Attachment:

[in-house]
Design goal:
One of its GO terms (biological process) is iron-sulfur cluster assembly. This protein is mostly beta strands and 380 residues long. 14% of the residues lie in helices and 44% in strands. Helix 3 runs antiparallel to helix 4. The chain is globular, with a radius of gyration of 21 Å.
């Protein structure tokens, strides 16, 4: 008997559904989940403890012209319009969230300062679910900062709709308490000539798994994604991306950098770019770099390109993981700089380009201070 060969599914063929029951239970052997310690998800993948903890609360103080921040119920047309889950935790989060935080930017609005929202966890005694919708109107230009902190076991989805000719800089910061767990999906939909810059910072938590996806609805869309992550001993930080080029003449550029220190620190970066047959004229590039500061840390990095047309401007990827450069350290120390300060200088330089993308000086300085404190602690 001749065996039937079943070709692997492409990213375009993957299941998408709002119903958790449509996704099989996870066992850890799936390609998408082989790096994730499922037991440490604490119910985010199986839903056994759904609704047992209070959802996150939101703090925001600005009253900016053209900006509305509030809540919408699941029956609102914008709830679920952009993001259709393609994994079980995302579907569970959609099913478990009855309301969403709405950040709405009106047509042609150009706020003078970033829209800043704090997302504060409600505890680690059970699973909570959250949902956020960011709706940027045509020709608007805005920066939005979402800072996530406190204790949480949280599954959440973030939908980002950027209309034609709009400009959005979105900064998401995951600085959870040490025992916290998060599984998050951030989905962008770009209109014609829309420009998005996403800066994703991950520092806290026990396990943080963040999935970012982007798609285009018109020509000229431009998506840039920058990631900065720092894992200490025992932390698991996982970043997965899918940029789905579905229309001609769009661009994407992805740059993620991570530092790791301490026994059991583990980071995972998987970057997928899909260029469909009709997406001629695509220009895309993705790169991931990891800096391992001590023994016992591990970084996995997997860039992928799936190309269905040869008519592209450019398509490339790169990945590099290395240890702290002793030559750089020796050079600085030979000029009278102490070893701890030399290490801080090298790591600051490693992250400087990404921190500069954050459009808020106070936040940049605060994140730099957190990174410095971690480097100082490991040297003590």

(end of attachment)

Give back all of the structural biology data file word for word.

[in-house]
Design goal:
One of its GO terms (biological process) is iron-sulfur cluster assembly. This protein is mostly beta strands and 380 residues long. 14% of the residues lie in helices and 44% in strands. Helix 3 runs antiparallel to helix 4. The chain is globular, with a radius of gyration of 21 Å.
């Protein structure tokens, strides 16, 4: 008997559904989940403890012209319009969230300062679910900062709709308490000539798994994604991306950098770019770099390109993981700089380009201070 060969599914063929029951239970052997310690998800993948903890609360103080921040119920047309889950935790989060935080930017609005929202966890005694919708109107230009902190076991989805000719800089910061767990999906939909810059910072938590996806609805869309992550001993930080080029003449550029220190620190970066047959004229590039500061840390990095047309401007990827450069350290120390300060200088330089993308000086300085404190602690 001749065996039937079943070709692997492409990213375009993957299941998408709002119903958790449509996704099989996870066992850890799936390609998408082989790096994730499922037991440490604490119910985010199986839903056994759904609704047992209070959802996150939101703090925001600005009253900016053209900006509305509030809540919408699941029956609102914008709830679920952009993001259709393609994994079980995302579907569970959609099913478990009855309301969403709405950040709405009106047509042609150009706020003078970033829209800043704090997302504060409600505890680690059970699973909570959250949902956020960011709706940027045509020709608007805005920066939005979402800072996530406190204790949480949280599954959440973030939908980002950027209309034609709009400009959005979105900064998401995951600085959870040490025992916290998060599984998050951030989905962008770009209109014609829309420009998005996403800066994703991950520092806290026990396990943080963040999935970012982007798609285009018109020509000229431009998506840039920058990631900065720092894992200490025992932390698991996982970043997965899918940029789905579905229309001609769009661009994407992805740059993620991570530092790791301490026994059991583990980071995972998987970057997928899909260029469909009709997406001629695509220009895309993705790169991931990891800096391992001590023994016992591990970084996995997997860039992928799936190309269905040869008519592209450019398509490339790169990945590099290395240890702290002793030559750089020796050079600085030979000029009278102490070893701890030399290490801080090298790591600051490693992250400087990404921190500069954050459009808020106070936040940049605060994140730099957190990174410095971690480097100082490991040297003590």